Nigeria News

Igbo Deportees’ Suit: Court Adjourns Hearing to October 15

 A Federal High Court in Lagos yesterday adjourned hearing till October 15 in the suit filed by seven Igbo deportees, challenging an alleged breach of their fundamental rights.

The plaintiffs are: Joseph Aniebonam, Osondu Mbuto, Osondu Agwu, Nnenna Ogbonna, Emily Okoroariri, Friday Ndukwe and Onyeka Ugwu, suing on behalf of 76 others.
The Attorney-General of Lagos State, and the Commissioner of Police, Lagos State were joined as respondents in the suit.

The case could not be heard at the resumed date, due to a notice of preliminary objection filed by the Attorney General of Lagos State.

The objection was dated June 17, and served on counsel to the plaintiff in court.
Since the application was not ripe for hearing, Justice Rita Ofili-Ajumogobia fixed, October 15 for mention.

Meanwhile, the judge ordered hearing notices to be issued to the police before the next adjourned date.
In their motion, the applicants want the court to declare that they, as Nigerian citizens, were entitled to their fundamental rights as enshrined in the Constitution.
They are seeking a declaration that

their arrest and detention in various camps in Lagos in July 2013, and their subsequent deportation to Anambra, on July 24, 2013, for no offence, amounted to a serious breach of their fundamental rights.

  The deportees also sought for an order, mandating the respondents to tender a written apology to them by publishing same in three national newspapers continuously for 30 days, for gross violation of their constitutional rights.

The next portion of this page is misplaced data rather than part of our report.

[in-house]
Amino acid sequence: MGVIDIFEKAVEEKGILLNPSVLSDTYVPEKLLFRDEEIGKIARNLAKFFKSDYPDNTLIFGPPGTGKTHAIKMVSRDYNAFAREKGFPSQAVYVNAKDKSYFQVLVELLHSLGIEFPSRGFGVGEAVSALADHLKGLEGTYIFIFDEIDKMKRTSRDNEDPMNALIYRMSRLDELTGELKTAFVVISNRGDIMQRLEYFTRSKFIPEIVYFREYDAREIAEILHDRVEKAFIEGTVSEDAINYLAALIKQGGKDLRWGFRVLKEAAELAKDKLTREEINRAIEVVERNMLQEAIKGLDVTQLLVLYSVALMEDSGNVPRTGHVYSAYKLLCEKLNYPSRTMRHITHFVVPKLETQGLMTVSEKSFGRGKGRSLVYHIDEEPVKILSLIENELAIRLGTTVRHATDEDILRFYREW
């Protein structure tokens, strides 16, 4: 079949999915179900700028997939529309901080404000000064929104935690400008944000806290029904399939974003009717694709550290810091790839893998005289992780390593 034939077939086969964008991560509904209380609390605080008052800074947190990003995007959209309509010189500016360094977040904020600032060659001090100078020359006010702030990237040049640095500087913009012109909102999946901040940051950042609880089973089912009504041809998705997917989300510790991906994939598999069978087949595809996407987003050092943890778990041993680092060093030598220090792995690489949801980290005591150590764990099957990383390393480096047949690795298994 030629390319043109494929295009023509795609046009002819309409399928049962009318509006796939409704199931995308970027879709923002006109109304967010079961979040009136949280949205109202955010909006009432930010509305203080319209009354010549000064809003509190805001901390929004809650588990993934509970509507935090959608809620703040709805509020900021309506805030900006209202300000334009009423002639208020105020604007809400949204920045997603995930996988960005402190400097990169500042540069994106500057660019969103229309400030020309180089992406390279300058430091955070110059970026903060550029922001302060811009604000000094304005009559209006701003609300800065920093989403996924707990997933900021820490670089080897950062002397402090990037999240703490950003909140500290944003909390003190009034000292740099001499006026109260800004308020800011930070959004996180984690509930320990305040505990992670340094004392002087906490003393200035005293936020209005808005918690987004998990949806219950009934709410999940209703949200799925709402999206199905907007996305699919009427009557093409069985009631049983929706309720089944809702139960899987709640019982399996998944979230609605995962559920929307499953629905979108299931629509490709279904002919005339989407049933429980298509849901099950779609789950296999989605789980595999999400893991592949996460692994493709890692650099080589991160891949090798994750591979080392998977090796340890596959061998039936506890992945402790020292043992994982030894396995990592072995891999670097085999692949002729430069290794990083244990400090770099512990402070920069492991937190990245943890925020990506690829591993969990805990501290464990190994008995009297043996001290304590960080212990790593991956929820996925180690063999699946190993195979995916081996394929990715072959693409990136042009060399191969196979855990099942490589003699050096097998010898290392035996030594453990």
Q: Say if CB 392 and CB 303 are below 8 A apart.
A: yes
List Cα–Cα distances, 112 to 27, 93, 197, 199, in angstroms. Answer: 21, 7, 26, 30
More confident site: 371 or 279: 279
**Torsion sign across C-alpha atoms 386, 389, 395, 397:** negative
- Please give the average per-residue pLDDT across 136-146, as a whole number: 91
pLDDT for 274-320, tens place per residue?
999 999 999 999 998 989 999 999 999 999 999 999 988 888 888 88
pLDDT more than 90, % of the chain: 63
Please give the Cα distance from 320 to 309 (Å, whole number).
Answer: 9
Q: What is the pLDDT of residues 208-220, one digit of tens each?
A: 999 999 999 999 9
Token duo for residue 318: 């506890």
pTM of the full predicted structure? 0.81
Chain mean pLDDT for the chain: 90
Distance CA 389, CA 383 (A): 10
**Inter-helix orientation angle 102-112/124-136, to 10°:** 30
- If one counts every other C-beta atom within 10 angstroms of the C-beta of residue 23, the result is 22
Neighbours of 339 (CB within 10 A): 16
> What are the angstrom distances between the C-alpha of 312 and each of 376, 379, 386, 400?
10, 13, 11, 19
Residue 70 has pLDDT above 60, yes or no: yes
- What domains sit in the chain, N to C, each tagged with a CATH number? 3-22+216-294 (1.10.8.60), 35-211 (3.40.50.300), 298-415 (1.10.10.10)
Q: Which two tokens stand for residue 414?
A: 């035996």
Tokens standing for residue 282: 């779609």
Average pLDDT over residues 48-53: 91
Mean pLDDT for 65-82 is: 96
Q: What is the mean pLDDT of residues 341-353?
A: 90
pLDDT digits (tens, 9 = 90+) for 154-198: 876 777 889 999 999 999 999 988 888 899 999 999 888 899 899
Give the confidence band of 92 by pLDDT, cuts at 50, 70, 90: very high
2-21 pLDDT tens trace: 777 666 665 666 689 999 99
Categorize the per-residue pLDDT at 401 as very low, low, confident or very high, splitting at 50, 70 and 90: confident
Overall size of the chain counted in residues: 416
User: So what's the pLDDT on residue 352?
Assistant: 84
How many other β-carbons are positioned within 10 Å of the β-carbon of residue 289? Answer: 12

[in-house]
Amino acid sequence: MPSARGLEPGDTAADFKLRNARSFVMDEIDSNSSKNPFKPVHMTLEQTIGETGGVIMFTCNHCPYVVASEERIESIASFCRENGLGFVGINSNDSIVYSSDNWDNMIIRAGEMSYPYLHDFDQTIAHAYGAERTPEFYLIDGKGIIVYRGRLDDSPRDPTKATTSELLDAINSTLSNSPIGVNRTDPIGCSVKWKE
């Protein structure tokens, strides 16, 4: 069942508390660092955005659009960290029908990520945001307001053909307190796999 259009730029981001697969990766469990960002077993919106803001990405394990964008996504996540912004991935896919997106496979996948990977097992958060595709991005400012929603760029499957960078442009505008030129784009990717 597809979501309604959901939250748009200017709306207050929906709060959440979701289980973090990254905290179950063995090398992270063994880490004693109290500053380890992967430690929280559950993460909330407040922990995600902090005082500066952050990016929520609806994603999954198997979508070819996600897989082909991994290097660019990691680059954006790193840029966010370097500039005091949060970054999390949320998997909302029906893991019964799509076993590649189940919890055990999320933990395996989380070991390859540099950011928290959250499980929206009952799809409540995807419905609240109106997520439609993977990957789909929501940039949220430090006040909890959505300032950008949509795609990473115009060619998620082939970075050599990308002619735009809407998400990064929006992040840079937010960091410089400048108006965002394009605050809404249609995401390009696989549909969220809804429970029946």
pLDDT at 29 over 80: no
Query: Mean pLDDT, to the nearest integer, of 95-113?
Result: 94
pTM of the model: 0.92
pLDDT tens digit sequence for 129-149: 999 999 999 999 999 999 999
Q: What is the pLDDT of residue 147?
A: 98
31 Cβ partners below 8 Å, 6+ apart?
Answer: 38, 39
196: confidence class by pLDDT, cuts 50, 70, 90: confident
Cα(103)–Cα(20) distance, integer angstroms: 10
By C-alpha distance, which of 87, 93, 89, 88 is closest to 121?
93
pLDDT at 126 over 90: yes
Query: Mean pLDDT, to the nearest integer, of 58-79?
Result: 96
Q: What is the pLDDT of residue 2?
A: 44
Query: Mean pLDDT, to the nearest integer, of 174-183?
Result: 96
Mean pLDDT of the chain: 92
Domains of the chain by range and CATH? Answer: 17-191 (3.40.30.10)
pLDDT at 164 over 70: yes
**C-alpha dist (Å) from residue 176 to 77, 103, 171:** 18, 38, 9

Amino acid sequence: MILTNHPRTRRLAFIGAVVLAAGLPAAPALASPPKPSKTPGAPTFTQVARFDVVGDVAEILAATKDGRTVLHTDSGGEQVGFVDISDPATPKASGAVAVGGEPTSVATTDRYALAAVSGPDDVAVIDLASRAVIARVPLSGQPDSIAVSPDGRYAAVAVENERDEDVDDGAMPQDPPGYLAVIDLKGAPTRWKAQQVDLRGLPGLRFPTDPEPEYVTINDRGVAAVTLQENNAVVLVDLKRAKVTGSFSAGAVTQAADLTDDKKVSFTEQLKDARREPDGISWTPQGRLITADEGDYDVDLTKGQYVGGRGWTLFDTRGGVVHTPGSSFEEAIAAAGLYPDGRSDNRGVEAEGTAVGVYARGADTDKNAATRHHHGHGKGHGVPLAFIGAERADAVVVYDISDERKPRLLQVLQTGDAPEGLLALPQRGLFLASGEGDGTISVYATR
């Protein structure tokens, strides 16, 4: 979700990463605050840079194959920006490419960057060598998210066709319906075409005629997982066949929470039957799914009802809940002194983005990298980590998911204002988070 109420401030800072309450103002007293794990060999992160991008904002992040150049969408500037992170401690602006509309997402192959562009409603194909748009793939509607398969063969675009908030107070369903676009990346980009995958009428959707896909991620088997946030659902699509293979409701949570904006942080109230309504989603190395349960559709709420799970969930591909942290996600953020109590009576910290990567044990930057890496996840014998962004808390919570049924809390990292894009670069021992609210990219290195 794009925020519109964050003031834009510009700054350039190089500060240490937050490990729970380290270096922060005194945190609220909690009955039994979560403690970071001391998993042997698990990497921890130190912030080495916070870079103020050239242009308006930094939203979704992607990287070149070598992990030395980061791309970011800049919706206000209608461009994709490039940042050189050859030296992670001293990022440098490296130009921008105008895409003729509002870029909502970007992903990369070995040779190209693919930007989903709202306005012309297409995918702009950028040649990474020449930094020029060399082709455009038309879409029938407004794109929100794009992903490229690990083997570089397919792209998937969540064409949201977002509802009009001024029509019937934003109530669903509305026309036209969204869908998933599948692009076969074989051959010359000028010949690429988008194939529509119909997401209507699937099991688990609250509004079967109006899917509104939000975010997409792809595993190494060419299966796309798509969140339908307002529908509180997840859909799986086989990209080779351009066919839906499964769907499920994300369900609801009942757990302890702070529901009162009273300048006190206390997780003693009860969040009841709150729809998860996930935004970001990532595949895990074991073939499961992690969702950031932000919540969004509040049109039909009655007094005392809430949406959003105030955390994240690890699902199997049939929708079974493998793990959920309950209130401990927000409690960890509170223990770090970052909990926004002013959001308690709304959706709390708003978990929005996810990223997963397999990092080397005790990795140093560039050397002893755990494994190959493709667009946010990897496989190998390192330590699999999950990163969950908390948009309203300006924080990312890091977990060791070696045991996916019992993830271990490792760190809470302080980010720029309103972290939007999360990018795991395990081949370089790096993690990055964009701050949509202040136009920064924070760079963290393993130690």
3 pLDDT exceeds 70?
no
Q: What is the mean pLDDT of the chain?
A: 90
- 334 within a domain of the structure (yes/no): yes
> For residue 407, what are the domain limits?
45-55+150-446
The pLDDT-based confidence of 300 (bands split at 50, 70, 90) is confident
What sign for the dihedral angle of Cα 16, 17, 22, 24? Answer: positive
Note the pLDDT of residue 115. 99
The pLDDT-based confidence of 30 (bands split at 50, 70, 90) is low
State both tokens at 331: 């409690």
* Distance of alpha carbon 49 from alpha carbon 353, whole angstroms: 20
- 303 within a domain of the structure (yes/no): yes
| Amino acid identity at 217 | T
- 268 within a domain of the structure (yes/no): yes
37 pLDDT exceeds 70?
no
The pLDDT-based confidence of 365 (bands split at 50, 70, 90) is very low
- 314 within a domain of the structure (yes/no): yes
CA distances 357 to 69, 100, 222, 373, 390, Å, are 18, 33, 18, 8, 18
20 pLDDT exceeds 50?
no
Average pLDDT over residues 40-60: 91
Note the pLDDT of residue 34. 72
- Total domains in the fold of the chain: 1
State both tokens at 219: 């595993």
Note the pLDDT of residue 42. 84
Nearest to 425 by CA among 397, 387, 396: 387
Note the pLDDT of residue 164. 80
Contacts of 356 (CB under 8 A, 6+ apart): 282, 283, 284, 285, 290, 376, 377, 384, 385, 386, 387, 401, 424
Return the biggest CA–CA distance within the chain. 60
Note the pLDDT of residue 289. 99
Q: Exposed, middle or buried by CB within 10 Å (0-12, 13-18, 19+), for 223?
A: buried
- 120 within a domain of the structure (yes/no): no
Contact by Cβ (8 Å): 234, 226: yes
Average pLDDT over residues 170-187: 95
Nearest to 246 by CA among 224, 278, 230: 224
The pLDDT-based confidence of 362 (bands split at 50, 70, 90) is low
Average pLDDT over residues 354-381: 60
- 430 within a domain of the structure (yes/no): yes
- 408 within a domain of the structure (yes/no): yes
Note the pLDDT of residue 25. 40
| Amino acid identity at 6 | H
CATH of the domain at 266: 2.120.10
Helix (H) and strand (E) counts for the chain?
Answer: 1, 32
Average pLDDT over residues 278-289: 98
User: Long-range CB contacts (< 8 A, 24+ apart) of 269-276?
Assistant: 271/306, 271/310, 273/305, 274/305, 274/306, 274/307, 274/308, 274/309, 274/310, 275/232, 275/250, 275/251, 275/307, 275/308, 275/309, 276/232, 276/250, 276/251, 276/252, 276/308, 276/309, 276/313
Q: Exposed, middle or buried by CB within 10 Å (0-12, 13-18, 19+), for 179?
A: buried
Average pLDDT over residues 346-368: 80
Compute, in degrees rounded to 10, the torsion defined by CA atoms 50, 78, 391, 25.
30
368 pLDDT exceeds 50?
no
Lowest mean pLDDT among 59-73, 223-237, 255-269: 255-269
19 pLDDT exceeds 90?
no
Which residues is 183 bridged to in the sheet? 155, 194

They also want an order, directing the Lagos State Government (LASG), to re-integrate them into the state, as well as perpetual injunction restraining the respondents, their agents, and officers from further deporting or refusing them free entry into Lagos State.
In addition, the applicants claim the sum of N1 billion against the respondents jointly and severally, as general damages for breach of their rights.

Meanwhile, LASG in its counter-affidavit contended that the deportation was not borne out of malice, but out of genuine intention to re-unite the applicants with their families.
They further averred that the applicants were only assisted by the government, to re-join their families, after pleading that they had no homes, relatives or businesses in Lagos State.

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